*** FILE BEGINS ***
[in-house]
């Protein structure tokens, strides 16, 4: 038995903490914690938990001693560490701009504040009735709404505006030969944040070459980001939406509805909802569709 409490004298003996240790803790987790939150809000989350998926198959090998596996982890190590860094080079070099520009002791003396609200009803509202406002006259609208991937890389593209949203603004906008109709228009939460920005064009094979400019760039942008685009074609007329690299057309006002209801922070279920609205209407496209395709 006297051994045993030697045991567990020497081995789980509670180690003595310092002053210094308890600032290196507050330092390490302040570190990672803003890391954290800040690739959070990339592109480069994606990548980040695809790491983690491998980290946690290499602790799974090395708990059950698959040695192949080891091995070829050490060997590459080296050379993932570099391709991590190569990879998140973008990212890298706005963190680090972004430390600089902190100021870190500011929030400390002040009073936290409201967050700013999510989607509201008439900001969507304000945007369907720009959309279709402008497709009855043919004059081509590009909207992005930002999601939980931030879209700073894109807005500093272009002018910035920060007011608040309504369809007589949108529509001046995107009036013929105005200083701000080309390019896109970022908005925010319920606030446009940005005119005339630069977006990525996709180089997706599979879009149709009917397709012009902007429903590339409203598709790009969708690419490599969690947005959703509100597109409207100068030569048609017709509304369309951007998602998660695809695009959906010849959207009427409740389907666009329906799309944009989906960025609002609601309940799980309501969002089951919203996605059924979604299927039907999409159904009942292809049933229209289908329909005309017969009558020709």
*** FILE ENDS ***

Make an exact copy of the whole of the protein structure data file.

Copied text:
[in-house]
């Protein structure tokens, strides 16, 4: 038995903490914690938990001693560490701009504040009735709404505006030969944040070459980001939406509805909802569709 409490004298003996240790803790987790939150809000989350998926198959090998596996982890190590860094080079070099520009002791003396609200009803509202406002006259609208991937890389593209949203603004906008109709228009939460920005064009094979400019760039942008685009074609007329690299057309006002209801922070279920609205209407496209395709 006297051994045993030697045991567990020497081995789980509670180690003595310092002053210094308890600032290196507050330092390490302040570190990672803003890391954290800040690739959070990339592109480069994606990548980040695809790491983690491998980290946690290499602790799974090395708990059950698959040695192949080891091995070829050490060997590459080296050379993932570099391709991590190569990879998140973008990212890298706005963190680090972004430390600089902190100021870190500011929030400390002040009073936290409201967050700013999510989607509201008439900001969507304000945007369907720009959309279709402008497709009855043919004059081509590009909207992005930002999601939980931030879209700073894109807005500093272009002018910035920060007011608040309504369809007589949108529509001046995107009036013929105005200083701000080309390019896109970022908005925010319920606030446009940005005119005339630069977006990525996709180089997706599979879009149709009917397709012009902007429903590339409203598709790009969708690419490599969690947005959703509100597109409207100068030569048609017709509304369309951007998602998660695809695009959906010849959207009427409740389907666009329906799309944009989906960025609002609601309940799980309501969002089951919203996605059924979604299927039907999409159904009942292809049933229209289908329909005309017969009558020709």